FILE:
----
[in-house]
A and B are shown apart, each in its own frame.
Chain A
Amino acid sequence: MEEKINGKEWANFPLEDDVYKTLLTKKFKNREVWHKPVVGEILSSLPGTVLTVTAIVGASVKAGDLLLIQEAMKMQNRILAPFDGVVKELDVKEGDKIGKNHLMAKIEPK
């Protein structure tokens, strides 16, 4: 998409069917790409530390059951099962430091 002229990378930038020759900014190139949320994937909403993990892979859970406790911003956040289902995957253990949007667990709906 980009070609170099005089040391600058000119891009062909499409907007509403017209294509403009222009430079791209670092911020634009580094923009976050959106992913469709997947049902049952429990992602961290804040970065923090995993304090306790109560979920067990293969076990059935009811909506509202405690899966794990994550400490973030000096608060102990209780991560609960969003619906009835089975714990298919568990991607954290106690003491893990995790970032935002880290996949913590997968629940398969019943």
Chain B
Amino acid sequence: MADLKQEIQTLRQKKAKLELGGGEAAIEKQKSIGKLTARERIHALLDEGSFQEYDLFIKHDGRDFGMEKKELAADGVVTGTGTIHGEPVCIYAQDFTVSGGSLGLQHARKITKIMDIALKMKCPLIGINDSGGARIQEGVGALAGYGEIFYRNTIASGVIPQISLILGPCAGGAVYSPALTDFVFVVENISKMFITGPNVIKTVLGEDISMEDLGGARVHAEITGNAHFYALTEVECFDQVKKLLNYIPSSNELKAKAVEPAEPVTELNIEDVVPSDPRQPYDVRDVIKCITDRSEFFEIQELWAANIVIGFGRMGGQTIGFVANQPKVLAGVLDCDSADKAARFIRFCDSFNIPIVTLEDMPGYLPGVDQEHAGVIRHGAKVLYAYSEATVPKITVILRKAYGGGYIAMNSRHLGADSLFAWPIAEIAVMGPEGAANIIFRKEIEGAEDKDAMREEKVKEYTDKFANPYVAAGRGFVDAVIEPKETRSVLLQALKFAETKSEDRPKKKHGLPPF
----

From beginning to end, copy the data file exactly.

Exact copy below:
[in-house]
A and B are shown apart, each in its own frame.
Chain A
Amino acid sequence: MEEKINGKEWANFPLEDDVYKTLLTKKFKNREVWHKPVVGEILSSLPGTVLTVTAIVGASVKAGDLLLIQEAMKMQNRILAPFDGVVKELDVKEGDKIGKNHLMAKIEPK
């Protein structure tokens, strides 16, 4: 998409069917790409530390059951099962430091 002229990378930038020759900014190139949320994937909403993990892979859970406790911003956040289902995957253990949007667990709906 980009070609170099005089040391600058000119891009062909499409907007509403017209294509403009222009430079791209670092911020634009580094923009976050959106992913469709997947049902049952429990992602961290804040970065923090995993304090306790109560979920067990293969076990059935009811909506509202405690899966794990994550400490973030000096608060102990209780991560609960969003619906009835089975714990298919568990991607954290106690003491893990995790970032935002880290996949913590997968629940398969019943």
Chain B
Amino acid sequence: MADLKQEIQTLRQKKAKLELGGGEAAIEKQKSIGKLTARERIHALLDEGSFQEYDLFIKHDGRDFGMEKKELAADGVVTGTGTIHGEPVCIYAQDFTVSGGSLGLQHARKITKIMDIALKMKCPLIGINDSGGARIQEGVGALAGYGEIFYRNTIASGVIPQISLILGPCAGGAVYSPALTDFVFVVENISKMFITGPNVIKTVLGEDISMEDLGGARVHAEITGNAHFYALTEVECFDQVKKLLNYIPSSNELKAKAVEPAEPVTELNIEDVVPSDPRQPYDVRDVIKCITDRSEFFEIQELWAANIVIGFGRMGGQTIGFVANQPKVLAGVLDCDSADKAARFIRFCDSFNIPIVTLEDMPGYLPGVDQEHAGVIRHGAKVLYAYSEATVPKITVILRKAYGGGYIAMNSRHLGADSLFAWPIAEIAVMGPEGAANIIFRKEIEGAEDKDAMREEKVKEYTDKFANPYVAAGRGFVDAVIEPKETRSVLLQALKFAETKSEDRPKKKHGLPPF